Writing a Travel Journal

Upon doing research prior to my first European adventure,  I searched for travel tips and one thing that came up the least was advising a travel journal. I happened to come across this advice on Pinterest and I am glad that I did.

The suggestion was that you buy a small notebook and track your trip. Naturally, I enjoy putting a pen to paper. However on this trip, I wasn’t so sure that I wanted to make time to do that. I was looking for something more feasible, which in this day and age is social media and all other forms of technology. I told myself that taking an actual notebook was just something more to pack. But I also knew that if I trusted myself to chronicle my trip electronically, I probably wouldn’t do it. Well, what’s a girl to do?

I decided that an electronic journal was just not for me because I wanted to include tangible items in this. My suggestion to you would be to do what works best for you. You will be the one doing all the work, so do what you feel is more natural to you.  Either way you decide to keep track, here are my starting points for writing a travel journal.

Consider the audience. Who is this for? Who will be reading this years down the line? Personally, I don’t have a filter to begin with so I typically just write what I’m thinking or feeling in that moment. I feel it’s more authentic that way.

Include lots of details. I discovered that knowing small details are great for starting conversation. Not only that, but if you ever return to that particular destination, you’ll remember exactly where it was you made that first memory. For example, it’s best to include things like your itinerary, people you meet along the way (details/descriptions about them along with contact details if you plant to keep in touch), summaries of the places you visited, and then an overall favorite spot or moment.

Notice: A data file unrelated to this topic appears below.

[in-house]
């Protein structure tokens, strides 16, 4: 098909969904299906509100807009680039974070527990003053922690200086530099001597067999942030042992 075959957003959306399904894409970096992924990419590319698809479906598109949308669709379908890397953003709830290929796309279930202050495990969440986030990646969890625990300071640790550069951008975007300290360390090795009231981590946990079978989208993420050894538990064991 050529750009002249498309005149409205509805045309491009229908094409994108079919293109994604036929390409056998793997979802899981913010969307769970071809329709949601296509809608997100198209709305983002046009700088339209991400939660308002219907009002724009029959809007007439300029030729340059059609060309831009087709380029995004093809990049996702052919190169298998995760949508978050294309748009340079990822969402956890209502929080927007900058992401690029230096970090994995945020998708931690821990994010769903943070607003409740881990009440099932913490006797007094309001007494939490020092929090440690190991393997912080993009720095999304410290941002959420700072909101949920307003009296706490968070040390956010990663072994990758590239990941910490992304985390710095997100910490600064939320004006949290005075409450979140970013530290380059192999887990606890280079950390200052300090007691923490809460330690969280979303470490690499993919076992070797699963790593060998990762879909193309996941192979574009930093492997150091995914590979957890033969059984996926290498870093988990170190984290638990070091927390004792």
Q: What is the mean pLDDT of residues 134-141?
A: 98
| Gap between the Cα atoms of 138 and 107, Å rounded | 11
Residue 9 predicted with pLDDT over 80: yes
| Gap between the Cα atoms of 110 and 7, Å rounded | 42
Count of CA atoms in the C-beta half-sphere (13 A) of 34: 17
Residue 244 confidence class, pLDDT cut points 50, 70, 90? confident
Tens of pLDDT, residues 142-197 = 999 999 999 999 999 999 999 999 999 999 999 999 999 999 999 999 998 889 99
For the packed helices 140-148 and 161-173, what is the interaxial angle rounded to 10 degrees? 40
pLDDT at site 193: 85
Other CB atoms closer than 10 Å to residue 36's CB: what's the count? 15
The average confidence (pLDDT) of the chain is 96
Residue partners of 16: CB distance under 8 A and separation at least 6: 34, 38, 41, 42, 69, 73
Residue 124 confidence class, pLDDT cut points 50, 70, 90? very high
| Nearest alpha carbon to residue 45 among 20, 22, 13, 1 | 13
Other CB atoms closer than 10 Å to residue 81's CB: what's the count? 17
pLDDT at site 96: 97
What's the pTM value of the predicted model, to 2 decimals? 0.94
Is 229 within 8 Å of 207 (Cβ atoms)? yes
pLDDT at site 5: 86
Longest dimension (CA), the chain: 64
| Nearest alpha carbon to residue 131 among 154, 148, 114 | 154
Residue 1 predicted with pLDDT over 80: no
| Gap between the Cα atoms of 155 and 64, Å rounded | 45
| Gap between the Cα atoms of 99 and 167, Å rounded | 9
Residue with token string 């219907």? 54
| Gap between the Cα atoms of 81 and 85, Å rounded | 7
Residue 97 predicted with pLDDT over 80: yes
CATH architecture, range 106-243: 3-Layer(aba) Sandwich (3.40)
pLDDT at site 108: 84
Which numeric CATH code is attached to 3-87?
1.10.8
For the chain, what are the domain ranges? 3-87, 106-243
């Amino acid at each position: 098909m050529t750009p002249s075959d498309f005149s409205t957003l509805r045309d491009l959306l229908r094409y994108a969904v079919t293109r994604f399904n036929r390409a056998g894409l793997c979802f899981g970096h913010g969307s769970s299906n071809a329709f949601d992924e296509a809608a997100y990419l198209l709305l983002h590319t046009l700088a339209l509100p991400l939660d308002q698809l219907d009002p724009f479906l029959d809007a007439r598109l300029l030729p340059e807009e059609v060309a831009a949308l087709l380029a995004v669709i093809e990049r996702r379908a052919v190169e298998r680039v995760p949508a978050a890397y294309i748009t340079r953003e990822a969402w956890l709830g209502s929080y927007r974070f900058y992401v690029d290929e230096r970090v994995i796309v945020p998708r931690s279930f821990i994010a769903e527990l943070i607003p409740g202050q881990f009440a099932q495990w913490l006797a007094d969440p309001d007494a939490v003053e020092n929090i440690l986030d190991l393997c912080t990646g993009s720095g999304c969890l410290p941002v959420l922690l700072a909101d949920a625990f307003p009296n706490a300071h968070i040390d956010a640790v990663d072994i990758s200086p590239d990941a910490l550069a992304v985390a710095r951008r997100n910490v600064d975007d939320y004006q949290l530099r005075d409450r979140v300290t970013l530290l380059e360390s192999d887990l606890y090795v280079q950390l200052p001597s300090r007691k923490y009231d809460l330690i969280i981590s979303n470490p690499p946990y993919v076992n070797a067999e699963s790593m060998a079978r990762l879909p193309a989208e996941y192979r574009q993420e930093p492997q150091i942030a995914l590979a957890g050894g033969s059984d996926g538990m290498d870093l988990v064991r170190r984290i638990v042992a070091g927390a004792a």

Remember that you’re writing a story. Some people forget the purpose behind this and end up writing lists and when you go back to reflect, these lists won’t rise any emotion from you. Therefore, I highly suggest including dialogue from a conversation you had or overheard and even phrases you frequently heard. Be sure to include the day and the date. Seems like a natural thing to include, but we can forget very quickly. Also include your senses! Include details about the weather, how you felt when you woke up, what your surroundings look like, how you were feeling that day, no details are too small.

Save everything. Okay, don’t save everythingHowever, I always save things like receipts, to-go menus, food wrappers, maps from any tours I went on, newspapers, etc. It’s hard at first to remember to save these, but it will become second nature. You could easily snap a picture, but the tangible item is usually more nostalgic. These items will add so much more sentiment to your journal.

Write immediately. If you don’t do it now, you won’t do it at all. In addition, by writing when the moment is fresh on your mind, you have less opportunity to forget the details. I typically found myself writing while I was at lunch or catching a train. It was easy for me to decompress and gather my thoughts. So, try to find an opportunity where you are able to do that.

By recording all these memories and information, not only will you have a unique souvenir, but you will also learn a lot about yourself. You will also learn how to actually see and observe your surroundings. You will realize that your adventure is truly unique.  You will improve your memory, your ability to articulate and you’ll even remember all those networking opportunities that you came across!

Plan your trip and get to writing! You won’t regret it!

 

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